A new type of treatment strategy targeting a protein found on the surface of the most lethal prostate cancers could hold promise against the disease.
Researchers showed that targeting the protein B7-H3 (also known as CD276), which may help regulate the immune response, could be an effective treatment strategy for some prostate cancers – paving the way for a new state-of-the-art therapy.
The team of scientists at The Institute of Cancer Research, London, also found that the most aggressive prostate cancers had high levels of B7-H3 on their surface, compared with normal cells in the body, which makes them vulnerable to targeting this protein.
Using anti-B7-H3 drugs
Anti-B7-H3 drugs, known as ‘immunoconjugates’, are highly specific and effective - targeting B7-H3 and homing onto cancer cells to minimise toxicity to other cells.
These drugs consist of antibodies – capable of recognising cancer by binding to B7-H3– joined to a second molecule, such as a toxin, that can kill the cell. These drugs work like ‘armed antibodies’, delivering a toxin to cancer cells directly.
In this study, published in European Urology, scientists examined biopsy samples from 98 men treated for prostate cancer between 2011 and 2019. They also used mice and organoids in the lab to test the effectiveness of anti-B7-H3 drugs.
B7-H3 linked to aggressive cancers and faulty DNA repair
First, they looked at prostate cancer samples from patients before and after developing resistance to hormone therapy – a common treatment for the disease, which starves the cancer of the testosterone hormone it needs to grow. The ICR scientists found that approximately 9 out of 10 patients (91 out of 98) had prostate cancers expressed B7-H3 on their cancers once they had developed resistance to hormone therapy.
When they looked at the available samples taken at diagnosis for 72 out of 98 men – before men developed resistance to hormone therapy – they found B7-H3 was also expressed in most men (70 out of 72). This shows that B7-H3 is found on most aggressive prostate cancer cells from diagnosis, suggesting that this drug could be used as soon as the disease is detected.
Researchers also found that prostate cancers presenting the B7-H3 protein on the surface of their cells often had more faults in DNA repair genes like ATM and BRCA2, pointing to a link between expression of B7-H3 and faulty DNA repair.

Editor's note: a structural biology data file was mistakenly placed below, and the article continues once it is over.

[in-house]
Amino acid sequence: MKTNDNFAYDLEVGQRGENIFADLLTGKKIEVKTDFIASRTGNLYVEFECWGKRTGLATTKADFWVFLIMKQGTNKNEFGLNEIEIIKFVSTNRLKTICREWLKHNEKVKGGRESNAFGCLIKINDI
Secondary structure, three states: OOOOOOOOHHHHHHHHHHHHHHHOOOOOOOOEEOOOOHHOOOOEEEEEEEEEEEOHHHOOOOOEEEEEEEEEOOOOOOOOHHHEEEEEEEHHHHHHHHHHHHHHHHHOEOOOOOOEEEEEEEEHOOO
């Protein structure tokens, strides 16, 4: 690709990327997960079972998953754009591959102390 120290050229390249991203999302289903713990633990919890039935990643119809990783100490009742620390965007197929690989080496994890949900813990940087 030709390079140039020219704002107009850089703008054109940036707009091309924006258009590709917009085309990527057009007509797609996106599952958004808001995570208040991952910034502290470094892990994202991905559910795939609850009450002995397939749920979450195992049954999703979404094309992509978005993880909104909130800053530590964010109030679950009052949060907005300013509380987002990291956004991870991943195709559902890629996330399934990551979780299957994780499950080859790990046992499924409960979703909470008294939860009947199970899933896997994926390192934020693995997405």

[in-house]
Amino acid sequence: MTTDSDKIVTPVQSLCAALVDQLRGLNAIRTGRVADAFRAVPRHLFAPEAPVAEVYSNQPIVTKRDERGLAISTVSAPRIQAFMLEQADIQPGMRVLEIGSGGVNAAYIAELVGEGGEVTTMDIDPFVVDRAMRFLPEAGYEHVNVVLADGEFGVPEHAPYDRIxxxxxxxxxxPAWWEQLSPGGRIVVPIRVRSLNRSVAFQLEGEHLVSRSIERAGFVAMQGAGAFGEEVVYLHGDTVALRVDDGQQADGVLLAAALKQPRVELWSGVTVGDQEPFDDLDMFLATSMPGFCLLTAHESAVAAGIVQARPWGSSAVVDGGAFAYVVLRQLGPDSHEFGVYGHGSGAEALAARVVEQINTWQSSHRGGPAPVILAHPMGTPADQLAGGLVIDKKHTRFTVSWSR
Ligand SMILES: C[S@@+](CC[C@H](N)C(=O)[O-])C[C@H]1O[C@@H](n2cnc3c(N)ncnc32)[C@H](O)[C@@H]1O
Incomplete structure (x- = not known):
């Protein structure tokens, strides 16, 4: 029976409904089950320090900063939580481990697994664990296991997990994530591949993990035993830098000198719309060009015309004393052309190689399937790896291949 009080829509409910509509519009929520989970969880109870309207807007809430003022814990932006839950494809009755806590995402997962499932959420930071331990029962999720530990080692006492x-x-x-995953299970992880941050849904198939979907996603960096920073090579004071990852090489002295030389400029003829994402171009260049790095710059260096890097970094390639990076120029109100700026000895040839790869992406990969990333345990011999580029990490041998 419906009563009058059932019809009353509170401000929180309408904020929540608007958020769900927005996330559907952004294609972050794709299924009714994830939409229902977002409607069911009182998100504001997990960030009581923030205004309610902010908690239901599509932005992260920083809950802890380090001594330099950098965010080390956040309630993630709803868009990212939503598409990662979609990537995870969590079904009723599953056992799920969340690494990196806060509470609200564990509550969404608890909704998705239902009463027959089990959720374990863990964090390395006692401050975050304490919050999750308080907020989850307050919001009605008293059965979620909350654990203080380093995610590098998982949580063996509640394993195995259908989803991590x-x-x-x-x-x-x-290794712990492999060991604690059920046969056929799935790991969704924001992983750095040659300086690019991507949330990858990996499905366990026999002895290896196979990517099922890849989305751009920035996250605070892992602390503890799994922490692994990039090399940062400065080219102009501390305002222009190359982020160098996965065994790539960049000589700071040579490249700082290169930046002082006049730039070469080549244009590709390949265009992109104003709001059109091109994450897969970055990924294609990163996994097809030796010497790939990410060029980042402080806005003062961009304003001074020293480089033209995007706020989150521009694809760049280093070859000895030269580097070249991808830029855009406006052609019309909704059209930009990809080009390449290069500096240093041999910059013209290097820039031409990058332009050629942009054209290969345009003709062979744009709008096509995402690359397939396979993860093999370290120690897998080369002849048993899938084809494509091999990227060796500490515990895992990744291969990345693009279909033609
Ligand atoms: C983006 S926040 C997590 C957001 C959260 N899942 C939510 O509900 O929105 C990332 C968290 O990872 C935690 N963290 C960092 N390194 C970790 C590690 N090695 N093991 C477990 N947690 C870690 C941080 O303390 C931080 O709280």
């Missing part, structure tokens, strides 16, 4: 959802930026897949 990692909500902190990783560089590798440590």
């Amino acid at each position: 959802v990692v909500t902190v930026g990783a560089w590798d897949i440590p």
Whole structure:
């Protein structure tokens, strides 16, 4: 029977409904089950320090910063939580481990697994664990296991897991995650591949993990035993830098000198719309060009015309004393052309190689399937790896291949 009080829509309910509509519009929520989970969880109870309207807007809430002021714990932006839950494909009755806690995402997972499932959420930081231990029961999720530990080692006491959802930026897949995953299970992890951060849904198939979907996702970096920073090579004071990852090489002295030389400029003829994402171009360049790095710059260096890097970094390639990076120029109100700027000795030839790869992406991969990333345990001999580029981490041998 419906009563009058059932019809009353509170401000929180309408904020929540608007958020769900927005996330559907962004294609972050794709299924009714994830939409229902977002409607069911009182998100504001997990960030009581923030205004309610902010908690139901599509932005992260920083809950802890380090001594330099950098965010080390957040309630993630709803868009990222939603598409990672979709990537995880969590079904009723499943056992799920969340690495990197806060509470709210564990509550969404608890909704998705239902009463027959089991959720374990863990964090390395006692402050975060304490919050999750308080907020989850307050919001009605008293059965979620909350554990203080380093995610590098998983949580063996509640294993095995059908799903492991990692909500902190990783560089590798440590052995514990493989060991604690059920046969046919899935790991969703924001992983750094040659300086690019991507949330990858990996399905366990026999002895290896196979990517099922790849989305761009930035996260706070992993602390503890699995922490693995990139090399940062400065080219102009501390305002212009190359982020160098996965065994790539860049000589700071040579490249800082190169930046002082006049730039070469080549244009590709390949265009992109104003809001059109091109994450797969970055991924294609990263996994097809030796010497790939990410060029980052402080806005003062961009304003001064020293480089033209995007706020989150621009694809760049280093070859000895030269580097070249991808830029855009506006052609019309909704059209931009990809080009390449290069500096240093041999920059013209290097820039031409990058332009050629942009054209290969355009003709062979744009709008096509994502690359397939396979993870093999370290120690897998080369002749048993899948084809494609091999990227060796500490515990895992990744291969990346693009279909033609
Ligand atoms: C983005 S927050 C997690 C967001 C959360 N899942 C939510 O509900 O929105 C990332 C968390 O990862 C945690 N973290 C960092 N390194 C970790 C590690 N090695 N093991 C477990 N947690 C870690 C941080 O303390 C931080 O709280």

Clinical trials underway
Next, the ICR researchers evaluated the ability of DS-7300a – an anti-B7-H3 drug known as an antibody drug conjugate (ADC) – to attack and destroy prostate cancer cells in tumours with different levels of B7-H3 expression and different genetic faults, including faults in DNA repair genes.
They found that targeting B7-H3 with this drug in prostate cancer cell lines, 3D organoids made from prostate cancer patient samples, and mice bearing patient-derived prostate cancers, showed impressive anti-tumour activity in the lab – shrinking tumours and causing prostate cancer cells to die.
Even though B7-H3 needs to be expressed for DS-7300a to work, scientists found that the level of expression may not be key to drug sensitivity. This means researchers will need to look at other factors, such as specific tumour gene faults, when selecting patients likely to benefit from anti-B7-H3 drugs.
The study was funded by the US Department of Defense, with additional support from Cancer Research UK, Prostate Cancer UK and the Prostate Cancer Foundation.
Next, researchers are planning clinical trials to evaluate anti-B7-H3 targeting drugs in prostate cancer patients.
They will also investigate the mechanisms driving differences in B7-H3 expression in tumours with different genetic faults to better understand the role of B7-H3 in cancer growth and to help them develop better B7-H3 targeted therapies.
A new treatment strategy
Study leader Professor Johann de Bono, Regius Professor of Cancer Research and Professor of Experimental Cancer Medicine at The Institute of Cancer Research, London, and Consultant Medical Oncologist at The Royal Marsden NHS Foundation Trust, said:
“When the protein B7-H3 is present on prostate cancer cells, the disease tends to progress and spread rapidly. Targeting B7-H3 is likely to become a key treatment strategy against prostate cancer, as we have shown that using drugs against this protein can destroy cancer cells and shrink tumours.
“Anti-B7-H3 drugs are a type of drug known as ‘immunoconjugates’. Other immunoconjugates have led to major clinical success in many solid cancer types, but not to date in prostate cancer.”
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'The potential to benefit a significant proportion of patients'
Study author Dr Christina Guo, Clinical Research Fellow and PhD student in the Prostate Cancer Targeted Therapy Group at The Institute of Cancer Research, London, said:
“Our findings also reveal that B7-H3 is expressed by the vast majority of aggressive prostate cancers from the time of diagnosis, and in particular in men whose prostate tumours have faults in DNA repair genes. This means that drugs targeting B7-H3 have the potential to benefit a significant proportion of these patients.
“These anti-B7-H3 drugs, or immunoconjugates, consist of antibodies – which bind to specific targets on cancer cells, in this case B7-H3 – joined to a second molecule capable of killing cancer cells. In this way, these armed antibodies can be launched, like a guided missile, against cancer.”